Differentialdiagnostische Möglichkeiten der Thermographie bei der generalisierten Tendomyopathie (GTM)
Fibromyalgia is a clinically defined pain syndrome, characterized by multiple symmetric tender points, especially at richly innervated tendon insertions. Additionally, muscular trigger points may be painful. According to American authors, painful trigger points can be detected by thermography as hyperthermal spots (5–10 mm diameter, +1 °C). This is especially true for acute pain syndromes. In chronic pain the thermal profile may be inverted such that painful points are more or less hypothermic. At present, the data for thermal phenomena at trigger points are still controversial, i.e., a typical thermal image is not known. However, thermography is able to show thermal differences (hyper-/hypothermia) at any location described as painful by the patient.
Thermal phenomena in fibromyalgia never follow a segmental distribution, as in the case of referred pain (e.g., of the small spine joints), or as in nerve compression syndromes (e.g., herniated spinal-disk or peripheral-nerve compression).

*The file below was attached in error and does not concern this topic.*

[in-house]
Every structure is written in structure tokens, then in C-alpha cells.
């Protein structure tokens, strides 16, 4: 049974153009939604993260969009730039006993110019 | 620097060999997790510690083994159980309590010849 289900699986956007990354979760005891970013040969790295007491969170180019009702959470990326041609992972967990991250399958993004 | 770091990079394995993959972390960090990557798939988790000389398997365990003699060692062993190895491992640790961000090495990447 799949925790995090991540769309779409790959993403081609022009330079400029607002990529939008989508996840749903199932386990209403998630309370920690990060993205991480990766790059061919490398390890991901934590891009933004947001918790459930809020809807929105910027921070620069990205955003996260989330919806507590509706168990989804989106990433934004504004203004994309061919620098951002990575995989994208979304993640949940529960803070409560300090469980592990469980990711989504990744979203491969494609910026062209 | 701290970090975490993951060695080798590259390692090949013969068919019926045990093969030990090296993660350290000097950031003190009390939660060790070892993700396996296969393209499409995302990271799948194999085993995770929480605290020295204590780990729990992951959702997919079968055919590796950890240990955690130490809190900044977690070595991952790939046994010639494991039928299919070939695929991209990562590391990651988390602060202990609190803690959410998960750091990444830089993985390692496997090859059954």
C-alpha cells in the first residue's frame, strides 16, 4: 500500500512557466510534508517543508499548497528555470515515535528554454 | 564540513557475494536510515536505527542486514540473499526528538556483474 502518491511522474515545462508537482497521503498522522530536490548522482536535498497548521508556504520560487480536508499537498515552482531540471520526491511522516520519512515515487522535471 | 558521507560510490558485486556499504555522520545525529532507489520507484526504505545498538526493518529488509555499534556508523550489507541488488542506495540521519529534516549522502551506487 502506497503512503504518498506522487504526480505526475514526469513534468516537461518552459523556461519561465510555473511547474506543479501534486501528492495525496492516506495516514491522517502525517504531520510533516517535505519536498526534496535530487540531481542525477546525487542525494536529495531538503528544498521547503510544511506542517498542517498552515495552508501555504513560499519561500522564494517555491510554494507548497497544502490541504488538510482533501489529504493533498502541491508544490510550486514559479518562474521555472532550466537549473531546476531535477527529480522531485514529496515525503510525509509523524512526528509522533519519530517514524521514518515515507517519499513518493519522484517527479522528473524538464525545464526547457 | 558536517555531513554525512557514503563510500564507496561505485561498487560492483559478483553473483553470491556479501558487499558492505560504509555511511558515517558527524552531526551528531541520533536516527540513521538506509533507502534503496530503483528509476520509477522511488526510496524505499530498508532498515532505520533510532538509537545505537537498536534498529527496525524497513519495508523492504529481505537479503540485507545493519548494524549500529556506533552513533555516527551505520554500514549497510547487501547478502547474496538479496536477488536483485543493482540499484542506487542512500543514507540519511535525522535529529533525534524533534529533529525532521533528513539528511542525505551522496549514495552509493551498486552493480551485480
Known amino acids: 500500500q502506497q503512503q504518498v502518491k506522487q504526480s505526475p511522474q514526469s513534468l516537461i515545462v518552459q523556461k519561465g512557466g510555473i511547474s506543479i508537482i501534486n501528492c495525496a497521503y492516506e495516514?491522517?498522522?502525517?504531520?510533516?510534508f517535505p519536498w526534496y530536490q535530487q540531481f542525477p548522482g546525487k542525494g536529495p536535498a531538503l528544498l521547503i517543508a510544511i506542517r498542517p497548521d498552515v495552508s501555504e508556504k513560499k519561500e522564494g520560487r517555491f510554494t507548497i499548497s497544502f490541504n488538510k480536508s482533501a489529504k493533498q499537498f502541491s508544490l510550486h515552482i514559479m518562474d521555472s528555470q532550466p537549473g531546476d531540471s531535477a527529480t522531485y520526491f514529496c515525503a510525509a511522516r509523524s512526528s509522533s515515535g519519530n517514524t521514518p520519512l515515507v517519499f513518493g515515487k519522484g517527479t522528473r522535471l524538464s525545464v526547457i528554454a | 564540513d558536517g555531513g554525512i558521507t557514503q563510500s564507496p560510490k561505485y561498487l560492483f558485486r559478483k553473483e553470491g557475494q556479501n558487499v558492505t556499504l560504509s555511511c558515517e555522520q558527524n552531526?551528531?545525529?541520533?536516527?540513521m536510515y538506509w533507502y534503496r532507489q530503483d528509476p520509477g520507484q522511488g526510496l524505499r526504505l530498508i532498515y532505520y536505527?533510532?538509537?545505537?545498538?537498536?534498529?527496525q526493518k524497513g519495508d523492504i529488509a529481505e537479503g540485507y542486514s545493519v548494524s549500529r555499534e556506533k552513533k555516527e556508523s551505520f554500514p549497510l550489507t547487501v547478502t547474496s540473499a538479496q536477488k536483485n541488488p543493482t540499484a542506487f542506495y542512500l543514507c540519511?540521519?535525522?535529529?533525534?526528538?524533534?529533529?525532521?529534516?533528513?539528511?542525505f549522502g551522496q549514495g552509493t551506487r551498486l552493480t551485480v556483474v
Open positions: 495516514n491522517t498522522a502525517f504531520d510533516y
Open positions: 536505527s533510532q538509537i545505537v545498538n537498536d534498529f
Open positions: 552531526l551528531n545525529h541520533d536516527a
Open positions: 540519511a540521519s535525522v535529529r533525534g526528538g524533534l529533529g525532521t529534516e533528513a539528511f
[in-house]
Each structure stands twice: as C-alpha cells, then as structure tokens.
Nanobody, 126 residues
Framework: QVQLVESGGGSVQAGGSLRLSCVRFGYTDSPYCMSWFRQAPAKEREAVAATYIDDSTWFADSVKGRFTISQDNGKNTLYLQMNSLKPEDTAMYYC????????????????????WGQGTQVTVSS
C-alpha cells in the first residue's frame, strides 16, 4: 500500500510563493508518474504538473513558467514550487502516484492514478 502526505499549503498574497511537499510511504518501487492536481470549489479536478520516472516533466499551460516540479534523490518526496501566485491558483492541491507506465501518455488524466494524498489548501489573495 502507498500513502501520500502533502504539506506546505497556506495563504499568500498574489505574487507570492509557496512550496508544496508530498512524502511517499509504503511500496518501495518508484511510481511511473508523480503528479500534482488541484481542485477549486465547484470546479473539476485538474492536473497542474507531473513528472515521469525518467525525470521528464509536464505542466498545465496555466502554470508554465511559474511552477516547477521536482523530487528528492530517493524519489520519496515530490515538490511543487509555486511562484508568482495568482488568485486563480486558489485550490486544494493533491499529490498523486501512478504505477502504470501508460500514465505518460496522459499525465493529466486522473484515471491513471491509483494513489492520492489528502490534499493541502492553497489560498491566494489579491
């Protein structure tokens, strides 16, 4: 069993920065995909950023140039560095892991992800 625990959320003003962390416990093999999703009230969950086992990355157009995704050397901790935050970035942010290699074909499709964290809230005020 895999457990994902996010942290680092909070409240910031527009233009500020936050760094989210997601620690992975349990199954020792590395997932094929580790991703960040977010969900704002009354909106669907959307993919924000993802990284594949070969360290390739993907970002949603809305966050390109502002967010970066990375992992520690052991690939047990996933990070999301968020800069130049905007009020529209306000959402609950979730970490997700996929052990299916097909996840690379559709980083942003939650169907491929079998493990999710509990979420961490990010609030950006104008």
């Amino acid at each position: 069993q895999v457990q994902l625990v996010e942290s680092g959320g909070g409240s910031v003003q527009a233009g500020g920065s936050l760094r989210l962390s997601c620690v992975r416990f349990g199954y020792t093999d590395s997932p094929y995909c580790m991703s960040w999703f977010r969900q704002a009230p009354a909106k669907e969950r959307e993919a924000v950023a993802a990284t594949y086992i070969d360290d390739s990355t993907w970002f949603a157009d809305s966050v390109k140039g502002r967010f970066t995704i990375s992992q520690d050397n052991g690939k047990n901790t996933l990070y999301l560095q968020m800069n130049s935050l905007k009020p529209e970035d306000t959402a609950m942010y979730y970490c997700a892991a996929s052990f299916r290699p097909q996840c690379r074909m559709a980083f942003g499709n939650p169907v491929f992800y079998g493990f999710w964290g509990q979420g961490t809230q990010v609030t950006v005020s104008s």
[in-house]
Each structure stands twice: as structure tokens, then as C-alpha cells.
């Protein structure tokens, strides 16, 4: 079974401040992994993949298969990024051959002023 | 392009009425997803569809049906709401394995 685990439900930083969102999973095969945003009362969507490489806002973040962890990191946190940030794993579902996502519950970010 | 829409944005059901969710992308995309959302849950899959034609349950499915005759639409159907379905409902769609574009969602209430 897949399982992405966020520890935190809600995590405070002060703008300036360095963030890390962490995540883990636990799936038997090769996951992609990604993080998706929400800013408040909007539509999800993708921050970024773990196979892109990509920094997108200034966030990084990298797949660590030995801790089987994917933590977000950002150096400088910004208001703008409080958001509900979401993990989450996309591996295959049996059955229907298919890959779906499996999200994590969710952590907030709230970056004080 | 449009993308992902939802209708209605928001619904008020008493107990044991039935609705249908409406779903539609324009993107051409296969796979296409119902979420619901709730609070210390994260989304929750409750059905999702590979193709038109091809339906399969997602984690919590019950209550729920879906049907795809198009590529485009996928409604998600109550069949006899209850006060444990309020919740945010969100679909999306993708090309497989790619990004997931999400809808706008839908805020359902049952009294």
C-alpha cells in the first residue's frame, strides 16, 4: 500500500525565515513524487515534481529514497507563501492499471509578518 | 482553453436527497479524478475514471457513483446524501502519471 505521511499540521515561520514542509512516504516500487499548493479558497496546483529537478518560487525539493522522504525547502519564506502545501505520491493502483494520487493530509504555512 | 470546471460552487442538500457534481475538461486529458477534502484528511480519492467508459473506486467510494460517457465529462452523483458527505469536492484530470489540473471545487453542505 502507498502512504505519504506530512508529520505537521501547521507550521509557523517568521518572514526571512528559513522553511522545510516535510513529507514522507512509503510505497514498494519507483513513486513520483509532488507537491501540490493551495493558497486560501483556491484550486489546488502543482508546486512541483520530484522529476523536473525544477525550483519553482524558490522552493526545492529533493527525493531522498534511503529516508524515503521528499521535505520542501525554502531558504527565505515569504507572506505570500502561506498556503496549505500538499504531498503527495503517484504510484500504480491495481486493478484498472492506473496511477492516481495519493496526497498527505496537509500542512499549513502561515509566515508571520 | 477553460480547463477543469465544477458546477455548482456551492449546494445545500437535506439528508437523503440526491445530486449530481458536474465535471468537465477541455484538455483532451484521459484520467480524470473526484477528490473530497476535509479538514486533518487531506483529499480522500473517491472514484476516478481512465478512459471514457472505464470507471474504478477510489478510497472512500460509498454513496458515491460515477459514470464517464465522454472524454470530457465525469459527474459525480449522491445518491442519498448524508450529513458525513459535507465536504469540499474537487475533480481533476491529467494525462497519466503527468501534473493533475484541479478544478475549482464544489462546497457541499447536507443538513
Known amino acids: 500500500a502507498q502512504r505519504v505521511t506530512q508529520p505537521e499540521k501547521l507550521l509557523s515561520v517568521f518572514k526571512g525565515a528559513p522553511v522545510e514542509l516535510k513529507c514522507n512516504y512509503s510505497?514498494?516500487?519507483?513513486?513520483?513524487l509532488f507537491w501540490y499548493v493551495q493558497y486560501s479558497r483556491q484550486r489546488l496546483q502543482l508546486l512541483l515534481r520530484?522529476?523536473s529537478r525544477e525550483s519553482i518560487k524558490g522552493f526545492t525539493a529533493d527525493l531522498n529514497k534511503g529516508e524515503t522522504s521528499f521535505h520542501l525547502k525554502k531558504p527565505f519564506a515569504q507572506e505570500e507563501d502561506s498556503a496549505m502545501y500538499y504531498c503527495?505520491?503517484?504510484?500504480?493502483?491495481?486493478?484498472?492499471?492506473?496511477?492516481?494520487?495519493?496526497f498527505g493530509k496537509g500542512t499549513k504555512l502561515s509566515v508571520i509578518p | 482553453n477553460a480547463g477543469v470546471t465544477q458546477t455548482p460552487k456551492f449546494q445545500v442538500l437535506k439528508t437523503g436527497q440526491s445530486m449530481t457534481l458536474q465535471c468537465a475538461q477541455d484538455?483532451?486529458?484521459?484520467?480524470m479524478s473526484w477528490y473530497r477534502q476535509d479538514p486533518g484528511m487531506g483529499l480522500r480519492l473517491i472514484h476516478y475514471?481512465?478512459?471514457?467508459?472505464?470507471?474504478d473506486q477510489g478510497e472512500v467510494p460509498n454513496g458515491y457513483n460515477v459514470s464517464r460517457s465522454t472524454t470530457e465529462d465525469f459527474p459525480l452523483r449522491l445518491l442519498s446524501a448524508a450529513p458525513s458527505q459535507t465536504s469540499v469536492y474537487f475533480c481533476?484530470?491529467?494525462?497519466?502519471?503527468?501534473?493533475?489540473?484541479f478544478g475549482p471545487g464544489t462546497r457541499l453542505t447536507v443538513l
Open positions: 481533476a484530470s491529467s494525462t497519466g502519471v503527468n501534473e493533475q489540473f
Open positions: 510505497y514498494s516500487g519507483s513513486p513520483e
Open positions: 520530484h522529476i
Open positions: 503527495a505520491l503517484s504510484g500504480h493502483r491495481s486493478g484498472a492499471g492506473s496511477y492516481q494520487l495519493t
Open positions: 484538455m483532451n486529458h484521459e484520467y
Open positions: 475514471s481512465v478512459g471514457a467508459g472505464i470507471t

The special value of thermography is the possibility of differentiating fibromyalgia from other diseases of the locomotor system which cause pain similar to that of fibromyalgia, e.g., inflammation, nerve compression, sympathetic nerve disturbances, vasospastic or occlusive arterial disease, for which there are clear thermal indications.
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